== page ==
(Disclaimer: I work for Oracle doing Java EE architecture and other things, but none of my writings here or anywhere else on this site have anything to do with my day job there. In short, as always, these are just the writings of a Java EE hacker using publicly available stuff.)
In the last post, we saw how you could write a portable extension that starts up a JAX-RS runtime after the CDI container is open for business. (I recommend reading all the posts in this series, starting with the first one.)
Here’s the extension again:
For this extension to work, though, line 34 has to return a non-null HttpServer. As you can see, there’s nothing in this extension that makes such a thing. The extension is, fortunately, relatively fault-tolerant (or at least that’s the idea 😀), so if no such HttpServer is around, then the extension should just silently do nothing.
In CDI in general, you write things so that the supplying of an object you need is SEP (someone else’s problem). That is, quite apart from the mechanics of injection and so on, the important part of dependency injection is that if you need something, you just presume that it will be handed to you. So here we presume that somehow, some way, an HttpServer will be available in the CDI container. If it turns out that no such object exists, well, OK, we just do no harm.
So how could an HttpServer get in to the container so that it would be picked up by this extension? Well, it could be a bean itself. Maybe we’ll get lucky? But probably not, as the Javadoc shows. Sure enough, although HttpServer has a zero argument constructor, and hence could be a CDI bean, there are no further injection points on it, and furthermore the Grizzly module of which it is a part does not feature a META-INF/beans.xml descriptor, suggesting, though not proving, that we’re not going to get lucky. So HttpServer is technically speaking a valid CDI bean, but a pretty limited one if discovered or added programmatically to a CDI container as-is.
How else could it get in there? Well, there could be a producer method. This seems like a good way to go. A producer method makes bean instances out of raw materials available in the CDI container. That sounds like exactly what we want. So let’s say that ServerCo, writes one to make an HttpServer using the features of the GrizzlyHttpServerFactory class present in Jersey. Let’s say it looks like this, and, just for kicks, lives in a different jar file than the one that houses the portable extension:
Let’s look at line 46 above. This is a producer method that creates an HttpServer if one is needed. To do so, it requires a GrizzlyHttpContainer, but such a thing might not exist. To express this kind of optional behavior, it requests that an Instance<GrizzlyHttpContainer> be supplied to it. The CDI container will make such a thing available whether its underlying “payload” exists or not, so we can test things about it here. See line 48: if the Instance is unsatisfied—that is, if there isn’t a GrizzlyHttpContainer in the CDI container anywhere, nor a means for one to be synthesized or manufactured—then we can return null here, and the portable extension we saw earlier will effectively quietly become one big no-op.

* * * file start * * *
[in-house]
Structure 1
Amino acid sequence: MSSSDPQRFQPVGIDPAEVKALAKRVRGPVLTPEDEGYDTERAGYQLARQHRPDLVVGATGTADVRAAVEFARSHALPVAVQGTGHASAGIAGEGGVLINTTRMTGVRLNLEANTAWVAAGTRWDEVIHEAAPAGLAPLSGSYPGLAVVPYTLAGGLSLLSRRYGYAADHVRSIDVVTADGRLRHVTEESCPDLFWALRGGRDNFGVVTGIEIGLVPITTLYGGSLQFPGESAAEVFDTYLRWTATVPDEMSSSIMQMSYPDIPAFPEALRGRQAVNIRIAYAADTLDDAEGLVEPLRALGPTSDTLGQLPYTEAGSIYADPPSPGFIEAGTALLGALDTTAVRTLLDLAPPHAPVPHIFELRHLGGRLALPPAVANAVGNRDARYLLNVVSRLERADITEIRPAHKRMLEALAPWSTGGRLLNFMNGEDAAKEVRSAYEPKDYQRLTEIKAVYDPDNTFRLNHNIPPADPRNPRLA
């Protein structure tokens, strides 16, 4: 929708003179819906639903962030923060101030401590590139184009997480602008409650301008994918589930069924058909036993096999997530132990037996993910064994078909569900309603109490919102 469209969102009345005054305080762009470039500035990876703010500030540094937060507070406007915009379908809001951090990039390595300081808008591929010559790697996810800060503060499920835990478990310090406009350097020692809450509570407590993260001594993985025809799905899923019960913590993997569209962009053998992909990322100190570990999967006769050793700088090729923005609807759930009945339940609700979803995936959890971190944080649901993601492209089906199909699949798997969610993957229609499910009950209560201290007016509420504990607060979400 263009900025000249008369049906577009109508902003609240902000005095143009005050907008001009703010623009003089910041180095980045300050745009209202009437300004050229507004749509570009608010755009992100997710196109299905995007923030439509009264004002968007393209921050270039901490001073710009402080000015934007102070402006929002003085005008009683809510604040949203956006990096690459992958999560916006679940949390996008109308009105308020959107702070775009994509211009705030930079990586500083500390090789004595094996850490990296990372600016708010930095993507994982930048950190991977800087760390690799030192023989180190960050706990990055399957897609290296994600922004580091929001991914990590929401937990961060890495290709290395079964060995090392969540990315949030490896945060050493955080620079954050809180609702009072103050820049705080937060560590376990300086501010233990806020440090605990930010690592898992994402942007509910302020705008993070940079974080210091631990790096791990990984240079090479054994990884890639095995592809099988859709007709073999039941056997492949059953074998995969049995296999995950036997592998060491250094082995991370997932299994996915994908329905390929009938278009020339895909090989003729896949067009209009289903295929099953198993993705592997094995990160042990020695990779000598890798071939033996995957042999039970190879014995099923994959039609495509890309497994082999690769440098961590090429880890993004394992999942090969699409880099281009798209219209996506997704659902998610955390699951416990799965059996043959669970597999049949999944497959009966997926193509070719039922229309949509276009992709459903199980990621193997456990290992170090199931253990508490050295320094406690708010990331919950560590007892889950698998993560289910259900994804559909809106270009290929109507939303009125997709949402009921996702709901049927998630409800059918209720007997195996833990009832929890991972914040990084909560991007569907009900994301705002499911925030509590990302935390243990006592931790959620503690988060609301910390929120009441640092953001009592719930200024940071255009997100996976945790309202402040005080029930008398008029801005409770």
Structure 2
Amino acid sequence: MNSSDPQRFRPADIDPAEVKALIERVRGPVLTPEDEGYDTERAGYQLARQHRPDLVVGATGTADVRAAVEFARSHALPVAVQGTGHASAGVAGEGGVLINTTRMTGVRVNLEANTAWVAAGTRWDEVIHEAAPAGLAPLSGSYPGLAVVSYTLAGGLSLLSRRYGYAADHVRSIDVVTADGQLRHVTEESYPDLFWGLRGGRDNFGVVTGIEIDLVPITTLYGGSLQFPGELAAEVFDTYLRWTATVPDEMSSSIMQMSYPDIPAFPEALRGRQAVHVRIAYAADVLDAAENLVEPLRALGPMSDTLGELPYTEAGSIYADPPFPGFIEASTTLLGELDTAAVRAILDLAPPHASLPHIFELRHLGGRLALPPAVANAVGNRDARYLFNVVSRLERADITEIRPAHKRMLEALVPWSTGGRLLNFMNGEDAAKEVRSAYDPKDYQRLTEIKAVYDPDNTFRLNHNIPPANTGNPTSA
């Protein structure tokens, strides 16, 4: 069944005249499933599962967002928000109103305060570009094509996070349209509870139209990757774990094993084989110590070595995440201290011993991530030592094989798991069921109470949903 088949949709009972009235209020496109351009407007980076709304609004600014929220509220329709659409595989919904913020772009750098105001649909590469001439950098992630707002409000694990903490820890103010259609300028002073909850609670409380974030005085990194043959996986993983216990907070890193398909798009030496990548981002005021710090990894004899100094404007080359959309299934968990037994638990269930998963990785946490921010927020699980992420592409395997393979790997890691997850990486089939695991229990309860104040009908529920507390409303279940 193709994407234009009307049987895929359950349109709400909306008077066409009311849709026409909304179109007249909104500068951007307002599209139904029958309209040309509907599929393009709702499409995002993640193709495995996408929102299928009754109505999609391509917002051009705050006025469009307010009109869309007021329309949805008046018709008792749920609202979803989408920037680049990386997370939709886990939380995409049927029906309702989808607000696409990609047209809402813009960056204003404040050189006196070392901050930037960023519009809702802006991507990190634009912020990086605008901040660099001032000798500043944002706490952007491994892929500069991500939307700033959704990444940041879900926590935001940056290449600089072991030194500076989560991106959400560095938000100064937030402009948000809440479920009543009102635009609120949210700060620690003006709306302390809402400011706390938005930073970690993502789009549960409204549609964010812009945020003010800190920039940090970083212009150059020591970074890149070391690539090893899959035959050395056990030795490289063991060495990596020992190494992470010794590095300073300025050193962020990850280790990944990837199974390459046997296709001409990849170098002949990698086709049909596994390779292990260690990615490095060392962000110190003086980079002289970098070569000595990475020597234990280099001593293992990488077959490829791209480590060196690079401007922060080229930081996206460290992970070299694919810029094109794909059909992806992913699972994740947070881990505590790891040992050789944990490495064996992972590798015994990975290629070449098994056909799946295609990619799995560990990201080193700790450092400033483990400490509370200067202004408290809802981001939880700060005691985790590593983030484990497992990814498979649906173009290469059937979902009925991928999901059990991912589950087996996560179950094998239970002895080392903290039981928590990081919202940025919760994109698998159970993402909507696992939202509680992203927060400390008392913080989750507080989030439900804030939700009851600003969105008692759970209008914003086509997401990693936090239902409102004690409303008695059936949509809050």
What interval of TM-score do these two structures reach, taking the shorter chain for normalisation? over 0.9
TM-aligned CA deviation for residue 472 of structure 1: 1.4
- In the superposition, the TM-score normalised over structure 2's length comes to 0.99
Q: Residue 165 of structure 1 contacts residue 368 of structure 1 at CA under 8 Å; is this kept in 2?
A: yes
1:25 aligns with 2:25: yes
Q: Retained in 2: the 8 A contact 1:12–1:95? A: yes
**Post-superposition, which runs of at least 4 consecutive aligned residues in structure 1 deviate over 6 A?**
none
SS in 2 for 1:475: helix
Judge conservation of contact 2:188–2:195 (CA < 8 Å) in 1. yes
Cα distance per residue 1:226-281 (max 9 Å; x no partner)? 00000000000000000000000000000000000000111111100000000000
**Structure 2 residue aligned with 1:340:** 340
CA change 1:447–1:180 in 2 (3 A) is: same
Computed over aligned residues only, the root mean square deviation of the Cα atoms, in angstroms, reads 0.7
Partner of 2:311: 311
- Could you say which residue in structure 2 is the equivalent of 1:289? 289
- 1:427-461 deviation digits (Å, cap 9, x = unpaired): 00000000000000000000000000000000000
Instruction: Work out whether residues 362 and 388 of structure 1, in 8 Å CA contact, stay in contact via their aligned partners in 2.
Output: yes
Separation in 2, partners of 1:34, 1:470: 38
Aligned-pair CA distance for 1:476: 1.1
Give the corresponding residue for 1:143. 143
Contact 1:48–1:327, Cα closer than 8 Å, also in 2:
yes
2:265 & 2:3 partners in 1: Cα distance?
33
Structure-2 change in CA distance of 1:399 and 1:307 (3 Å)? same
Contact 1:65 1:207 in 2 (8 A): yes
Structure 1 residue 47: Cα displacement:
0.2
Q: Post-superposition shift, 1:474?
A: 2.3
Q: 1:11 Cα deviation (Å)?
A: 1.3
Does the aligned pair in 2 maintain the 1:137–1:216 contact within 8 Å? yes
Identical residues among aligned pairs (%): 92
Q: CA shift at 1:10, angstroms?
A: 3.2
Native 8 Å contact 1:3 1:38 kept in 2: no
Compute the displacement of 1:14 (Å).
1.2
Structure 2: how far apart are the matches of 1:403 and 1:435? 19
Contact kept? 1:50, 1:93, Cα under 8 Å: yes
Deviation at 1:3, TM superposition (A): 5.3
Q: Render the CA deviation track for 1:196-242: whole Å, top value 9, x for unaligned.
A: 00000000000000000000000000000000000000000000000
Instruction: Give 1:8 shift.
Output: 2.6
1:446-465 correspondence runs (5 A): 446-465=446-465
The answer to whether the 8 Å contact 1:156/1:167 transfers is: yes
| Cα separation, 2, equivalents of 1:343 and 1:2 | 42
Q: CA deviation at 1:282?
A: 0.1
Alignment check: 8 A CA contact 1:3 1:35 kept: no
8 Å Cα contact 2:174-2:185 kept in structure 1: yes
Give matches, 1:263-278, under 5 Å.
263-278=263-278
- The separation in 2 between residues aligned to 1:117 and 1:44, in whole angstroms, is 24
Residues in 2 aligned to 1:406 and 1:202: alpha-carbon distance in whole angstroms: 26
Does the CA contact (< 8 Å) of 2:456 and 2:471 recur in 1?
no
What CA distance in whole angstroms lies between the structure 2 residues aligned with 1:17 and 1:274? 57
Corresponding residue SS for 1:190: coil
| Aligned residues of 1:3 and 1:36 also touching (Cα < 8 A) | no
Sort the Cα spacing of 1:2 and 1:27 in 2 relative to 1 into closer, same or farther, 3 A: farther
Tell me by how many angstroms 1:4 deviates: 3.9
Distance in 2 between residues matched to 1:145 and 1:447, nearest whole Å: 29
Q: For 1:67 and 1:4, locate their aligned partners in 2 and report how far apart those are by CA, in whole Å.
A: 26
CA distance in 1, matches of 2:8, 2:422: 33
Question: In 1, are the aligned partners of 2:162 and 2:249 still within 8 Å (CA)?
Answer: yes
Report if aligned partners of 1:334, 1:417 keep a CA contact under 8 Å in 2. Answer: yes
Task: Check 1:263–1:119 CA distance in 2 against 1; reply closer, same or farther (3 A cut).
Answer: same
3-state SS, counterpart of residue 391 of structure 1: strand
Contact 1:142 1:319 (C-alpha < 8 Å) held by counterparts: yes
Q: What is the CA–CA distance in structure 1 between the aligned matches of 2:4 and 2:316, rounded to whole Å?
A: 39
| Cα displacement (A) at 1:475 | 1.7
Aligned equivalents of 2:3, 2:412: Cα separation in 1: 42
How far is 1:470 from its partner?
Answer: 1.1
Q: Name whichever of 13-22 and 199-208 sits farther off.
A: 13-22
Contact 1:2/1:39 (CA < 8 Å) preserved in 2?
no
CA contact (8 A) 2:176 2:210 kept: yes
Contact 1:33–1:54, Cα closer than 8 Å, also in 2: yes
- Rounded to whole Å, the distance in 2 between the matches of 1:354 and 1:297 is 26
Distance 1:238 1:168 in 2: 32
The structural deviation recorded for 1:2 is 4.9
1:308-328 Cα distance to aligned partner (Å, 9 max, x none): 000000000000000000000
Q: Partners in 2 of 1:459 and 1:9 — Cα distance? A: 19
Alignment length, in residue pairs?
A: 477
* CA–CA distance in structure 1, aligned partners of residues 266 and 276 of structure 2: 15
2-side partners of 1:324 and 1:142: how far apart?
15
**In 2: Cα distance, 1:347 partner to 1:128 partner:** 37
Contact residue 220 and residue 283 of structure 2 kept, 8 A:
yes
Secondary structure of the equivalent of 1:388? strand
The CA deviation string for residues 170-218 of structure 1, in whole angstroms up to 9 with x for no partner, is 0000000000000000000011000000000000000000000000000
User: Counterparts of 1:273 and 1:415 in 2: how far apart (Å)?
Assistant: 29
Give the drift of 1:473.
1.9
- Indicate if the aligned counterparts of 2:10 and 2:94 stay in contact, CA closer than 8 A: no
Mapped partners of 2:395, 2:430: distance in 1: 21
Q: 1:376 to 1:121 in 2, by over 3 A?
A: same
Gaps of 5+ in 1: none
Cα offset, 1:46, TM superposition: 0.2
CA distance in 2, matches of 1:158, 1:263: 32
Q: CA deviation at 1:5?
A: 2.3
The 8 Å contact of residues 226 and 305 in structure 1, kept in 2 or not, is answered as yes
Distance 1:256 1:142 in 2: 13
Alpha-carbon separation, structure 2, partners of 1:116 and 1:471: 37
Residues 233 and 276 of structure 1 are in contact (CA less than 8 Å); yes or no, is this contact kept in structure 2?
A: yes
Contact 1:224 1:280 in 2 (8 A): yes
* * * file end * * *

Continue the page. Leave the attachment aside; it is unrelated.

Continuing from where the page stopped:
Very cool. OK, so where does the GrizzlyHttpContainer come from?
That’s the purpose of the first producer method, that you can see at line 34. That method says how a GrizzlyHttpContainer can be created, provided that someone supplies a javax.ws.rs.core.Application object. Obviously, if no such object is available in the CDI container then the method should effectively quietly do nothing, so you can see at lines 36 and 37 that’s what happens.
OK, so clearly the first producer method makes something that the second producer method needs. And the first producer method works if there’s an Application. And the portable extension consumes the output of the second producer method and uses it to start a server when the container comes up.
So where does the Application come from?
Let us turn back to our poor developer, who, you recall from my last post, was done. She had written a JAX-RS application and a root resource class and—right at that point—wanted to be finished. She simply wanted some magic to happen that would let her application start. She didn’t want to write a main method. She didn’t want to go start an application server and run some complicated deployment recipe.
Recall also that if you’re keeping track we have several notional jar files (or directory locations—classpath roots, really) that we’ve stuck in fictional corners. We have:
- A CDI 2.0 EDR2 implementation (like weld-se-core version 3.0.0.Alpha17 or later)
- the developer’s classpath root, containing nothing but her Application subclass and her root resource class
- ServerCo’s portable extension jar file described in Part 2
- A classpath root that contains the boilerplate main class that brings a CDI container up and shuts it down, described in my first post
- ServerCo’s jar file containing the producer methods noted above
What’s really neat is if you run this:
java -classpath /path/to/weld-se-core-3.0.0.Alpha17.jar:/path/to/weld-se-core/dependencies:/path/to/developer/code:/path/to/serverco/portable-extension-1.0.jar:/path/to/boilerplate/code:/path/to/serverco/producers-1.0.jar:/path/to/serverco/dependencies com.foobar.Main
…then I hope to have shown that you will get an HTTP endpoint up and running on localhost port 80 that runs our developer’s JAX-RS application.